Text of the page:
The day I was back in the classroom, I did try what @druinok suggested in our chat last weekend. It did not go well. The directions on the board told them to sign up for a problem from the previous assignment, work it out on the whiteboard, and put the whiteboard on the chalk tray when they were finished. My Algebra 2 students actually did a little better with it once they were reminded to read the board and get started. My Advanced Algebra 2 students struggled. In debriefing a bit with them, they did admit that they had done at least half of the assigned problems, but I did not see any of them actually look at their work from before. I will probably have to add to the directions to get out the problems first.
What frustrates me with being gone is that things that I take for granted they should do or know to do (like look at the homework they did if they are working on a homework problem the next day in class) they have seem to have no clue. It's as if they can't, or won't, help themselves. On Tuesday, both my Algebra 2 and Advanced Algebra 2 students started simplify rational expressions with multiplication and division. We started these notes on Tuesday.
We only got through the expressions with monomials. I just didn't have enough time to get to the ones with factoring in them. So, with being out the classroom again on Wednesday, this is what I left them:
I also left them a note on the board letting them know two things - that I intentionally did not cross out the common factors in numerator and denominator and that they would have to do that, and that I had made a mistake (which is corrected in this) and the first person in each class to correctly identify it to the sub would get a treat when I came back on Thursday. (I baked cookies!)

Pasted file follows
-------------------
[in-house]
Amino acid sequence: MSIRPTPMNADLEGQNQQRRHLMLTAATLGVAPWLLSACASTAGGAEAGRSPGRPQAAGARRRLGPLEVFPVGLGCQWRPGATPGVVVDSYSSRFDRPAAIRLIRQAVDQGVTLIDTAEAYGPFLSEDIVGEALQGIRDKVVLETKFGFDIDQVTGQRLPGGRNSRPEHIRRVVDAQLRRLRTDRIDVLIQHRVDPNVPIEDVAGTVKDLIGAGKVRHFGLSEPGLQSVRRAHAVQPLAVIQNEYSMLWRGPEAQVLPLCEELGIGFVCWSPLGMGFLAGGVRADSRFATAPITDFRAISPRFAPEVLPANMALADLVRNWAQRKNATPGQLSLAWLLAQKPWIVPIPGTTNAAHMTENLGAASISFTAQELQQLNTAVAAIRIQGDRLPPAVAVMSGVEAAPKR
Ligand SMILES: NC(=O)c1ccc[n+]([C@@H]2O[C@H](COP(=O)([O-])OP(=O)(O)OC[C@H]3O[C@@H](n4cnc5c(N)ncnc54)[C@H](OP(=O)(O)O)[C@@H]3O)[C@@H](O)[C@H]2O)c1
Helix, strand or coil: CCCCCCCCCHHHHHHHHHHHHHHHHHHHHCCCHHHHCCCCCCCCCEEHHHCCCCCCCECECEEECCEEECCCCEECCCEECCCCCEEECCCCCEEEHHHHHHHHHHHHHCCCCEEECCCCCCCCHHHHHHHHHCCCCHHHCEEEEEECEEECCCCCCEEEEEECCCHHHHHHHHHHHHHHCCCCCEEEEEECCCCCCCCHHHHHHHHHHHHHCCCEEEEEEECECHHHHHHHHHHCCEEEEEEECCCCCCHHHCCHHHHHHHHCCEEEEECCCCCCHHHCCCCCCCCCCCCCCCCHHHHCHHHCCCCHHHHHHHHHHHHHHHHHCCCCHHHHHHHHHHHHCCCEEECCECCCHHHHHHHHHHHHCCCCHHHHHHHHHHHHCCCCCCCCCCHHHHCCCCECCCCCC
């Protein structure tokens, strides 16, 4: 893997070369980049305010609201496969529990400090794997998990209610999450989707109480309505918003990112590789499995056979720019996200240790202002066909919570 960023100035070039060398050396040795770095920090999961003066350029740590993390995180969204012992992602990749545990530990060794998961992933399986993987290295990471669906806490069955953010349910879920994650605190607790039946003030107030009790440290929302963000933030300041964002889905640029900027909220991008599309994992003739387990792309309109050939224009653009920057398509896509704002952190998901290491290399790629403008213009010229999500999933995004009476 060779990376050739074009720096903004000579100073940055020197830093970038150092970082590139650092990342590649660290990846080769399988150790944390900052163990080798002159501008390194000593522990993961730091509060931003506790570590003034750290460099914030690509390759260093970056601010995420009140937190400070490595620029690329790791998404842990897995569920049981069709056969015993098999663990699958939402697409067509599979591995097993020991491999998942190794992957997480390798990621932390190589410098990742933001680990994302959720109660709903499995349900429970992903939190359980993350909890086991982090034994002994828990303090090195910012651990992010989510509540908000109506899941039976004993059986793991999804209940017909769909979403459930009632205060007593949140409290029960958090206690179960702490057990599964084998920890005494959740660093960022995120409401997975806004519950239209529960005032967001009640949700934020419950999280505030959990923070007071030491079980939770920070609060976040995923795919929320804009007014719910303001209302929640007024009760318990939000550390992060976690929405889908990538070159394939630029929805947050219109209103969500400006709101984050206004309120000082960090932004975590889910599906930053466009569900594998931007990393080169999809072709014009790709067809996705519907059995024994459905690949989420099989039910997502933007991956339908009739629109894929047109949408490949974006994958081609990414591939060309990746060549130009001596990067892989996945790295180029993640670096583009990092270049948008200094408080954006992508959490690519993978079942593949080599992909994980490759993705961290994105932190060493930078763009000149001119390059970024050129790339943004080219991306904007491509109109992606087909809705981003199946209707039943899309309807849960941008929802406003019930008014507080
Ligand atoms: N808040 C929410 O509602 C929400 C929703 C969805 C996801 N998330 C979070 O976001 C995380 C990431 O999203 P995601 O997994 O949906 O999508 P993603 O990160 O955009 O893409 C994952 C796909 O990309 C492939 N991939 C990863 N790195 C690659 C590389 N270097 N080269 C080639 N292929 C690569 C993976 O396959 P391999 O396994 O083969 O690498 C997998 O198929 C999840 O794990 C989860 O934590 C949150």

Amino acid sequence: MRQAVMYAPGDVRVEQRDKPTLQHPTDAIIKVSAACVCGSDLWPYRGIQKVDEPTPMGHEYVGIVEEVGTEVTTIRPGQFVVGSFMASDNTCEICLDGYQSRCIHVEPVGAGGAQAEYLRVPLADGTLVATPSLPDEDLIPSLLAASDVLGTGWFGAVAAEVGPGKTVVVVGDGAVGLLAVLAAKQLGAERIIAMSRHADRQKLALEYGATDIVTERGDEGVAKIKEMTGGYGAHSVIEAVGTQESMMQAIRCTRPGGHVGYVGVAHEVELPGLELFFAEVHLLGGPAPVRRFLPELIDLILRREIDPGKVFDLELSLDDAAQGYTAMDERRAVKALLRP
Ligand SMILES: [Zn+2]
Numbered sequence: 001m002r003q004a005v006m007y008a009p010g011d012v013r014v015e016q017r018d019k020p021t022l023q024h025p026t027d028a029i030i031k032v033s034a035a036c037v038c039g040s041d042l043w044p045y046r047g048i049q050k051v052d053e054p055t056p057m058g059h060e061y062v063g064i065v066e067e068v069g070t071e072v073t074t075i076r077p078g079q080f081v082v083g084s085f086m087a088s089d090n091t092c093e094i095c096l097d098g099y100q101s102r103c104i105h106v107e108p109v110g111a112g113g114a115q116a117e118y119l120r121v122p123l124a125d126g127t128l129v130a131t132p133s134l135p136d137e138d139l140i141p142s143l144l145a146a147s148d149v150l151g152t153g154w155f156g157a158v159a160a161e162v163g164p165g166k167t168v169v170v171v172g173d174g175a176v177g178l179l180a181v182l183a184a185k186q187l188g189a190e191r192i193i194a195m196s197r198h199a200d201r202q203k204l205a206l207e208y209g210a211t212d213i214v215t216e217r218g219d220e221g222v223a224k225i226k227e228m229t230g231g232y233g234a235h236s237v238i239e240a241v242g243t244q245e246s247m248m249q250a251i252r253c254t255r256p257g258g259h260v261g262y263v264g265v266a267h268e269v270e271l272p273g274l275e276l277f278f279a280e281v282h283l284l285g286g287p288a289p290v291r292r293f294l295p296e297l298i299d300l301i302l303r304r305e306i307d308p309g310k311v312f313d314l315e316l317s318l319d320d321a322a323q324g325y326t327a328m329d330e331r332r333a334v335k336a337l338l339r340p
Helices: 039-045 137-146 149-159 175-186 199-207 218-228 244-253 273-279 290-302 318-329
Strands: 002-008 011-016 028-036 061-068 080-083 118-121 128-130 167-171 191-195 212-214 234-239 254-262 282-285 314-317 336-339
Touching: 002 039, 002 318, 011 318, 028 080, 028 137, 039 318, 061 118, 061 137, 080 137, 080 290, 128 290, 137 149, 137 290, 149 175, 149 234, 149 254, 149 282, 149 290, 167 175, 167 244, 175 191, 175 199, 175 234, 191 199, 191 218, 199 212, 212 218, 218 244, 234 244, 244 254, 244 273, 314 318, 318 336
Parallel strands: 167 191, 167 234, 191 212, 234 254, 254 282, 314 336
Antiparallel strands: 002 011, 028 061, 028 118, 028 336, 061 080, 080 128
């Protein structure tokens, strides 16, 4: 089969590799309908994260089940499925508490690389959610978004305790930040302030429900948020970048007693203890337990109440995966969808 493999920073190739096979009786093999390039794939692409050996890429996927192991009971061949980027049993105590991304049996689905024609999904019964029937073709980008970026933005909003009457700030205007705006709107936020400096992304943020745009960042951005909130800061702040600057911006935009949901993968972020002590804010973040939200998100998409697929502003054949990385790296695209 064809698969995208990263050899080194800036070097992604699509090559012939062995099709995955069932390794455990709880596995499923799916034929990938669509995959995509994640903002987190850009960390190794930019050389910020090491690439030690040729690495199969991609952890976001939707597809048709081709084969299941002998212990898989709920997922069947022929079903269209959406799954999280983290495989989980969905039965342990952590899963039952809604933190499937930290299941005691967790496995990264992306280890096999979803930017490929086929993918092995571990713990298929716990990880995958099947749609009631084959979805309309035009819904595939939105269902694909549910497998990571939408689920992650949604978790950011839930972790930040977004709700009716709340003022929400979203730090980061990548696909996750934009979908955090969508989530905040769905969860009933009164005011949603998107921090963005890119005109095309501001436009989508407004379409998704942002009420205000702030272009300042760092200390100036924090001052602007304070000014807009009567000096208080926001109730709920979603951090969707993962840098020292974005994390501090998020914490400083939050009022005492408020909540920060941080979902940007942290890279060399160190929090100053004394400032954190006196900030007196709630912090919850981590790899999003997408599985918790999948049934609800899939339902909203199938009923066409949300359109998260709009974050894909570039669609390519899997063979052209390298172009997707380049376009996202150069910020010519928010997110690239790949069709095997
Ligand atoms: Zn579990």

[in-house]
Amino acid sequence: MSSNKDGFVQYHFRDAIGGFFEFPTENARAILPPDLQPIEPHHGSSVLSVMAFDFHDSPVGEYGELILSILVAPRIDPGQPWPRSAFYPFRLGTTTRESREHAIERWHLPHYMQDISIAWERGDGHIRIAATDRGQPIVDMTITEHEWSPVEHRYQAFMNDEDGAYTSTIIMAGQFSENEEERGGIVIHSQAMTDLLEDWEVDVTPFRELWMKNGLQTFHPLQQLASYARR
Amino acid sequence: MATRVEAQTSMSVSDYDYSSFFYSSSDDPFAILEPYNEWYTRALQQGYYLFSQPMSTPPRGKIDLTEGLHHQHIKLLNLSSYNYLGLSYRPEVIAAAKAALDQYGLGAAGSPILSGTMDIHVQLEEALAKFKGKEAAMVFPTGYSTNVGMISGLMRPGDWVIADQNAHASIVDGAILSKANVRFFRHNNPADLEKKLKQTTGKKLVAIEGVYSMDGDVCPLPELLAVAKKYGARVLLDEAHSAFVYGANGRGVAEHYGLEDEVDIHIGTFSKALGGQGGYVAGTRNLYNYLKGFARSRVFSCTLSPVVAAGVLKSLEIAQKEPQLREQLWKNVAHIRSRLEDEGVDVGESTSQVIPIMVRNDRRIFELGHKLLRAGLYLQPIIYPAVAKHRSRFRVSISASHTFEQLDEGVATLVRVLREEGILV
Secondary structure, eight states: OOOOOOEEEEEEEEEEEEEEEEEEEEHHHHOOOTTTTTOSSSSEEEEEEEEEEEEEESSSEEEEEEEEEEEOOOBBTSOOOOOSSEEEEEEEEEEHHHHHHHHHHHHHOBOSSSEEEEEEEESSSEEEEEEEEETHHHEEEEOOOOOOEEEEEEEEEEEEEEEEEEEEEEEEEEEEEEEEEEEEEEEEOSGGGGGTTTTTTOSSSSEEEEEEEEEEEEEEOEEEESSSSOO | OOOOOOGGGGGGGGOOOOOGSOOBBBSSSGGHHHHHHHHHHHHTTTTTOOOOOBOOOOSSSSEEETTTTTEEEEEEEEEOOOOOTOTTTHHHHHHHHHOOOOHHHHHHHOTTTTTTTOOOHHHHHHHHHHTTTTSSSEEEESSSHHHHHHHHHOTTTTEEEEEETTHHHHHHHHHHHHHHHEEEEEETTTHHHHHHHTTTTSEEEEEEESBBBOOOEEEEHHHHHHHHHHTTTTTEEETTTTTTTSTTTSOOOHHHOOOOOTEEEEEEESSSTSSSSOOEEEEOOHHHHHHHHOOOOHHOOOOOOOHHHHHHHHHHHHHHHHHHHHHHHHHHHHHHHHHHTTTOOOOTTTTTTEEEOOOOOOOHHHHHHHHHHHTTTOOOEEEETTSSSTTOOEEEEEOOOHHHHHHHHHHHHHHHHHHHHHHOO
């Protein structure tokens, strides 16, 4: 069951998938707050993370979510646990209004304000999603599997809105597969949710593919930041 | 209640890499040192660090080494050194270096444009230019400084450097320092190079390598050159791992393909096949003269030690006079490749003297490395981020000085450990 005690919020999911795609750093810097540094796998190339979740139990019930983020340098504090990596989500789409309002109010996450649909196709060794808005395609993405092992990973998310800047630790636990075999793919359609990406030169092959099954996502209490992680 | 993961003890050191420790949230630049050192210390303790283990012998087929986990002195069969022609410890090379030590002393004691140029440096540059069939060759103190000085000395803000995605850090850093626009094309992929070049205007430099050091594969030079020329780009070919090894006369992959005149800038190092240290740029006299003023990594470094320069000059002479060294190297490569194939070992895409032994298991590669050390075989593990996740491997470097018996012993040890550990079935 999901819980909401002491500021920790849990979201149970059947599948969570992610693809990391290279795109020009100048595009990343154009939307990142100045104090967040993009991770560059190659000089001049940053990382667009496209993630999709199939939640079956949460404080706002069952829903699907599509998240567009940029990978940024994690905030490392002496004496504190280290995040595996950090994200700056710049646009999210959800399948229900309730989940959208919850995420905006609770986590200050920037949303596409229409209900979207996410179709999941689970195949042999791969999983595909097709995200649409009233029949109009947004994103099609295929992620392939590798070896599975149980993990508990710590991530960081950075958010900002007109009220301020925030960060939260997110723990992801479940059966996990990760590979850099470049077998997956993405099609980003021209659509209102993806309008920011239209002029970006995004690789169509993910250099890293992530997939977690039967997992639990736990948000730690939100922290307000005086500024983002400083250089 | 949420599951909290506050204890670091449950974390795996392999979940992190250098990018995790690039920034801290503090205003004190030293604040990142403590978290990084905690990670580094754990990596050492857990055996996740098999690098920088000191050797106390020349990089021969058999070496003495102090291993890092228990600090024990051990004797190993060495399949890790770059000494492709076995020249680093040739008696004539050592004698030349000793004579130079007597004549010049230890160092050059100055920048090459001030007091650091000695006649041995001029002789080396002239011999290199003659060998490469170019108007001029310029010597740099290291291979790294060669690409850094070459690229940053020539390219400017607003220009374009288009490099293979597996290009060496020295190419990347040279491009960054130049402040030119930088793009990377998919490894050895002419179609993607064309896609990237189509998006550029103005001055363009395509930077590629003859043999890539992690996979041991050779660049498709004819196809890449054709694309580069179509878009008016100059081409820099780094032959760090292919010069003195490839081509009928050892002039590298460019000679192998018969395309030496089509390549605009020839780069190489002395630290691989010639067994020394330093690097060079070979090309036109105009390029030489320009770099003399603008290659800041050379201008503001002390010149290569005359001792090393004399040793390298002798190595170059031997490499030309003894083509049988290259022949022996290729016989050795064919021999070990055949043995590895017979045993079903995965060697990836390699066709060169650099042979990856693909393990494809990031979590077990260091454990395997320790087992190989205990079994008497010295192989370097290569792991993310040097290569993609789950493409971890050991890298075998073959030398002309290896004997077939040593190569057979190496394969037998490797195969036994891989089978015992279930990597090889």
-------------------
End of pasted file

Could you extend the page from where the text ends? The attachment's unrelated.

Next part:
My first class had no one identify the mistake (I had typed in x - 2 instead of 3x - 2 in the answer). The other three classes all had students identify the mistake. When I got back today, I did the same activity as Tuesday - sign up for a problem, work it out on the whiteboard, put it up. Most of my students struggled with the problems. Now, granted, a couple of the factorings may have been a little bit of a challenge, but most of them didn't even remember to factor in the first step. Again, I didn't really see anyone referring to their notes that I had given them.
We did go through the rest of the lesson that I had started on Tuesday. Most students left feeling more confident in the process than they came in. I have an in class practice activity tomorrow since it is a shortened staff development day and I won't see all of them tomorrow due to an assembly. (I borrowed what Mimi did here) I suspect they are going to struggle with it - they didn't remember factoring very well (even though we did it in January) and if they can't factor it, it will be hard to reduce.
So, I'm sitting here tonight trying to figure out what I did wrong here. I put together the worksheet rather hastily Tuesday when I realized that my original plan wasn't going to work. In retrospect, I probably should have picked different problems that factored easier for their practice worksheet (which wasn't posted). But as far as my worksheet that I left for them in my absence to help guide them as to what to do, I'm not totally sure where I went wrong. I am glad that the rest of the lesson seemed to go well. I think the guided notes are helping them.